Monday, July 13, 2009

More Commercial lobbying 'perspective'
From the above commercial lobby website here is a form letter provided for its constituents to just 'sign' and send off to DFO Minister Gail Shea.
Note, they think 2008 was above average for steelhead.....hhmmnn....Wasnt there some kind of overestimate with Tyee in 2008 on the order of 36-37%...?? Looks like the commercial guys completely missed that point. Plus, they neglect to mention to the Minister that the Tyee overestimate allowed more commercial fishing than should have occurred. This exposed Skeena steelhead, especially the early run component, to unsustainably high exploitation rates in peak fishing times. The exact exploitation rates are currently unquantified, but they are readily accepted to be well above the old Skeena Watershed Committee ceilings of 38% and 24%, and quite possibly in the 50+ range for the early run. So, if the commercial sector thinks it is fine to KILL 50+% of the early run steelhead ,even in a supposed above average year, then you can easily see why we have problems with them.
Also, interesting to note they think the steelhead guides are running Skeena Wild...I'm sure the guides will find that humorous.
And overall, they seem to think watershed wide, multi-stakeholder negotiations/discussions on 'trade-offs' will magically bail them of out all their problems. As if when viewed in a greater context, gillnetting and marine commercial fishing has some ingrained, protected position in society that will automatically acknowledge their sector.
From our perspective, the trade-off is pretty clear: if it's a choice between 1.conserving stocks, 2. maintaining a robust sportfishing tourism industry...over an archaic, outdated, non-selective, negative impact generating, barely viable economically, method of resource extraction.....Guess which one we'll advocate choosing??? Correct, we would advocate for fish first, then respecting First Nations Charter Right food interests, then commercial and recreational activities which impact stocks the least but have the greatest returns socially and economically for society.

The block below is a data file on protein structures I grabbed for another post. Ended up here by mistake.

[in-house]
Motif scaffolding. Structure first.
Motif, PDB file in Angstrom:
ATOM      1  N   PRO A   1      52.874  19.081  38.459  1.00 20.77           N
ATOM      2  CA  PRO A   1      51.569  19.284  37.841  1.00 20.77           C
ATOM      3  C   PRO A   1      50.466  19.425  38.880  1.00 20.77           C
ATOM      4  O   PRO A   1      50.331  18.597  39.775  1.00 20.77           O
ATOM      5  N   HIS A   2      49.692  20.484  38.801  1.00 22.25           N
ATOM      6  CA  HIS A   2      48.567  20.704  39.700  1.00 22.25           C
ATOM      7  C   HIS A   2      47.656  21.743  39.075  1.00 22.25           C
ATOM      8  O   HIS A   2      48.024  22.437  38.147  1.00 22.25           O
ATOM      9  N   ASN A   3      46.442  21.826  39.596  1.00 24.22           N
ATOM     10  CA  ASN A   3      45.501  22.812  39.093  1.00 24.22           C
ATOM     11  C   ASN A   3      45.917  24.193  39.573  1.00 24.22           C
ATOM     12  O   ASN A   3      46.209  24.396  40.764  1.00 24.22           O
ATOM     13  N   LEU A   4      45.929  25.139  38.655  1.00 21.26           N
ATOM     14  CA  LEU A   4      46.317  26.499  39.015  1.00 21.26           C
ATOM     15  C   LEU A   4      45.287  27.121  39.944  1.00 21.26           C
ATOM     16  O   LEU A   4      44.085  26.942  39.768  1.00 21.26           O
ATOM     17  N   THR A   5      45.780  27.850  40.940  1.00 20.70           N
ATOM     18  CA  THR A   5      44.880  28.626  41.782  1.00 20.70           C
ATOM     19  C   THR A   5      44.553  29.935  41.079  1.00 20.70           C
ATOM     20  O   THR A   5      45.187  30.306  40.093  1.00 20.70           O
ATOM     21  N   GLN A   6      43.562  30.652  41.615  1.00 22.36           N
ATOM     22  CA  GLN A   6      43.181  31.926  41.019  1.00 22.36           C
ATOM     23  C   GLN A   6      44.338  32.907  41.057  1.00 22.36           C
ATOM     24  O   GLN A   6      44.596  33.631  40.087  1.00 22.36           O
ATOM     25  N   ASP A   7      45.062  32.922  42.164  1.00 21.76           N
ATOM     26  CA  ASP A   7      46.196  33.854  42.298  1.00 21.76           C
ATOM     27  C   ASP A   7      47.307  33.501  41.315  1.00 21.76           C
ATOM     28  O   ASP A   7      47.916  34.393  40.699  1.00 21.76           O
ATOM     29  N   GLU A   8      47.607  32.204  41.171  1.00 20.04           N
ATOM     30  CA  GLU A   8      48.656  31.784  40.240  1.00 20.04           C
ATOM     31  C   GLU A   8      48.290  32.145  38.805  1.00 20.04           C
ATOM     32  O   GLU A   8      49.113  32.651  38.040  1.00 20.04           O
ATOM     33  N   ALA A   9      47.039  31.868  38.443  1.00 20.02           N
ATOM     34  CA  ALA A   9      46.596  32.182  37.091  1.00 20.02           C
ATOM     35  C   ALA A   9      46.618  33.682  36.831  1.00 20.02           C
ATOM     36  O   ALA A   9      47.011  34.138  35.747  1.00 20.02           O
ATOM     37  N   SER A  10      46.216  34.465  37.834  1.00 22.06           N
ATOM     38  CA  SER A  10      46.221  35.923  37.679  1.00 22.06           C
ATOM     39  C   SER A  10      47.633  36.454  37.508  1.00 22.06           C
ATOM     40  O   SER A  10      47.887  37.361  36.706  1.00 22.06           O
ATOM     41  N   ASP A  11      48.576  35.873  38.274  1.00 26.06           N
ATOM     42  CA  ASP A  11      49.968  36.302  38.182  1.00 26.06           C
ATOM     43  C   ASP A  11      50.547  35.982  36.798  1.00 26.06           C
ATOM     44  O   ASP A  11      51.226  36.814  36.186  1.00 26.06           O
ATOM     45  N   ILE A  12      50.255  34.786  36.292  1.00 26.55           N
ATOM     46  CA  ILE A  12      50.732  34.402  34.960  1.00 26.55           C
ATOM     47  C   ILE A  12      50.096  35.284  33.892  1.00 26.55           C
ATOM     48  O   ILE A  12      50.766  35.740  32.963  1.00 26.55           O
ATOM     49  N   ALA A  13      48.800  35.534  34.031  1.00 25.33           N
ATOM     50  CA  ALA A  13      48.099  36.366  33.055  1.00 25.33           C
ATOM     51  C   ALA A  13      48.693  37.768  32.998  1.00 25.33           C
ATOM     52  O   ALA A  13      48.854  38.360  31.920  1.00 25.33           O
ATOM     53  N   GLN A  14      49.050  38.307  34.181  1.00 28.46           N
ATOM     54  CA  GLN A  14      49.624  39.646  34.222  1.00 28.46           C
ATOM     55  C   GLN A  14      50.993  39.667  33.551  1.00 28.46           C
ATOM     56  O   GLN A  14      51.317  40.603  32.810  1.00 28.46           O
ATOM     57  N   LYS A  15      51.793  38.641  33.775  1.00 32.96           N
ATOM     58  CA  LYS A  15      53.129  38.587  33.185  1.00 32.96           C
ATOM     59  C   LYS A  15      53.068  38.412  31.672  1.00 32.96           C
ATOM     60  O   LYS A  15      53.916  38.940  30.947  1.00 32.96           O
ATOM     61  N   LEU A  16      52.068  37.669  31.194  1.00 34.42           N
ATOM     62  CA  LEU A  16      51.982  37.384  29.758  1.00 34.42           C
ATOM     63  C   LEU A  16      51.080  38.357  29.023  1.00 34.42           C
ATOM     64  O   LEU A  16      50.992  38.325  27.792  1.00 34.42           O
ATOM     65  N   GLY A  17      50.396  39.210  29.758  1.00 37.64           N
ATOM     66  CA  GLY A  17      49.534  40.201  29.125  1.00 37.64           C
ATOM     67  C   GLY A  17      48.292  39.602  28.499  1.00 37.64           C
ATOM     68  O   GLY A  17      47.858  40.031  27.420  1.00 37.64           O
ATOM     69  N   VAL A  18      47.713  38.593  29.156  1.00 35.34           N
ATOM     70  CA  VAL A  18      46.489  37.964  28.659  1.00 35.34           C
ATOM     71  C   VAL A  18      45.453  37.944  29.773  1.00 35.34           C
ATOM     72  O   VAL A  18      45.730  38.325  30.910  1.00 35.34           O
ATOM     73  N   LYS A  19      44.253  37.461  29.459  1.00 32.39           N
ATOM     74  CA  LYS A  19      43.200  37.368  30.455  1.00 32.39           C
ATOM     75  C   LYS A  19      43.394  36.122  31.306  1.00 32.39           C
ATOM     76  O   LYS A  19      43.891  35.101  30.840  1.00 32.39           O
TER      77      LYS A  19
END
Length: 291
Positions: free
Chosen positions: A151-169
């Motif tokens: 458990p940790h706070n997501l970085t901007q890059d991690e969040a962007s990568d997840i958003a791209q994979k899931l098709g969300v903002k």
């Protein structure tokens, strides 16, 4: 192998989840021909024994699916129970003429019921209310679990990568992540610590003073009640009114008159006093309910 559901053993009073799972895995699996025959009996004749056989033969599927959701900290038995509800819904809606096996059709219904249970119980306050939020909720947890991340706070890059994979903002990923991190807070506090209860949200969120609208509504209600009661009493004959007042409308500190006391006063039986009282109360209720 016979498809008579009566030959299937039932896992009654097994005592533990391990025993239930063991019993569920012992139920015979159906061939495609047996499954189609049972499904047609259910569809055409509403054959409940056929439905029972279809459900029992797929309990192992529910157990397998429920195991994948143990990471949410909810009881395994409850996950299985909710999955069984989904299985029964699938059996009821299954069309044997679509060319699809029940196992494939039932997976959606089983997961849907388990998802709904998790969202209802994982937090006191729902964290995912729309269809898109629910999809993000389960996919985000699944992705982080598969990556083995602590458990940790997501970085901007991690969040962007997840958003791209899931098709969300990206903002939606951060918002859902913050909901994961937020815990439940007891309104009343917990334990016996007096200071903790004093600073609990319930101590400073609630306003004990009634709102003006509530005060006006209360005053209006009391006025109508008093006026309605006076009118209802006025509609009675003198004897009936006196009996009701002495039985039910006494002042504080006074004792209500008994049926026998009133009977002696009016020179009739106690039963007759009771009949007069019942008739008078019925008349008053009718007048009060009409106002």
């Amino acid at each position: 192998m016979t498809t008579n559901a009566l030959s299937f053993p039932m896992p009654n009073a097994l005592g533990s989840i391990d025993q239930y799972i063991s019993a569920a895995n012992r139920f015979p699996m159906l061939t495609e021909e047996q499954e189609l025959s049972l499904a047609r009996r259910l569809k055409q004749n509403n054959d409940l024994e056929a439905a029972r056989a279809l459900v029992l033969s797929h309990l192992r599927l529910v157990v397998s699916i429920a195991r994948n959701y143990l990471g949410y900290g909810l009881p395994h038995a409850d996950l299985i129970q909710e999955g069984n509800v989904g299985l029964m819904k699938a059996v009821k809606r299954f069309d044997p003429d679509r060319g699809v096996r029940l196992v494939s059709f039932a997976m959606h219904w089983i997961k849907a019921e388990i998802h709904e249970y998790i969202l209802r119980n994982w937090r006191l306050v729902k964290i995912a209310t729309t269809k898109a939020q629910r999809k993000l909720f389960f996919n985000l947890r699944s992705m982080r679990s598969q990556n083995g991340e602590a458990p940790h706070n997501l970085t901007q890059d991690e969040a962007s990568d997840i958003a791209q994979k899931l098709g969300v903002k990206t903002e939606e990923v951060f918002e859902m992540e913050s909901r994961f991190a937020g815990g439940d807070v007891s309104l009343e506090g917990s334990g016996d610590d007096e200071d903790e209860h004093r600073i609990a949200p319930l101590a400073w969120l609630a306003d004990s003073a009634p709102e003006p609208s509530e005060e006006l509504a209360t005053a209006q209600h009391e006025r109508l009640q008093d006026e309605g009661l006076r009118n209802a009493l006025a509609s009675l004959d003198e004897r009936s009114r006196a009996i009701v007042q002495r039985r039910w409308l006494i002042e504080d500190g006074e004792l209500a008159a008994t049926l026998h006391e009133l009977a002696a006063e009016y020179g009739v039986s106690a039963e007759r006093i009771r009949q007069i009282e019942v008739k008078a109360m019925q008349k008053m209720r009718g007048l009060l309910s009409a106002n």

And for the record, the NCSA has never shied away from wanting to enter these 'trade-off' discussions or negotiations. Hopefully, the Skeena Watershed Initiative can eventually tackle these issues.
Complete form letter below. There are other interesting form letters at the site also.

Dear Minister Shea,
Re: Skeena IFMP

The Wild Salmon Policy and the Skeena Independent Science Review Panel recommend a watershed process to make tradeoffs between biological, economic, and social imperatives.

Neither the WSP nor the SISRP recommend any minimum escapement levels nor target escapement levels for individual Conservation Units. The recommendation is for a process that will use best science and the best knowledge of habitat, ecosystems and stock health as a basis for decision making. What level of exploitation and by whom should be made by the stakeholders in the area.

I am concerned that this year’s fishing plan on the Skeena was not made in the spirit or letter of either the Policy or the Panel Report. Instead, it appears that a decision was made for a stunning reduction in the Skeena sockeye commercial exploitation rate in a completely arbitrary process.

The George and Betty Moore Foundation has put much funding into the Skeena system with the view to expanding the already healthy Skeena steelhead fishery. They have created and funded a new “environmental” company called SkeenaWild from the local steelhead guide lobby group. SkeenaWild in 2008 wrote letters to the Minister under the guise of conservation which demanded that the gillnet fishery be shut down early - to protect steelhead - when it was clear that the steelhead run size was well above average. Their Executive Director and Staff penned a letter that was sent to you under the Watershed Watch Salmon Society letterhead a month ago demanding that the proposed sockeye exploitation rate, cut to 20%, be reduced further to 15%. SkeenaWild controls the reins to millions of Moore Foundation dollars. This money is now supplying the Department and the Skeena Fisheries Commission with funding for many DFO / Skeena Fisheries Commission projects. I cannot help but wonder if this has influenced the local DFO’s decision to cut the commercial harvests by 30%.

I am a strong believer in the Wild Salmon Policy and the process it sets out on how to determine what a healthy stock is and how to share this stock among watershed shareholders. I can only hope that you can bring some rationality to the Skeena debate by requiring science based, community-based decisions.


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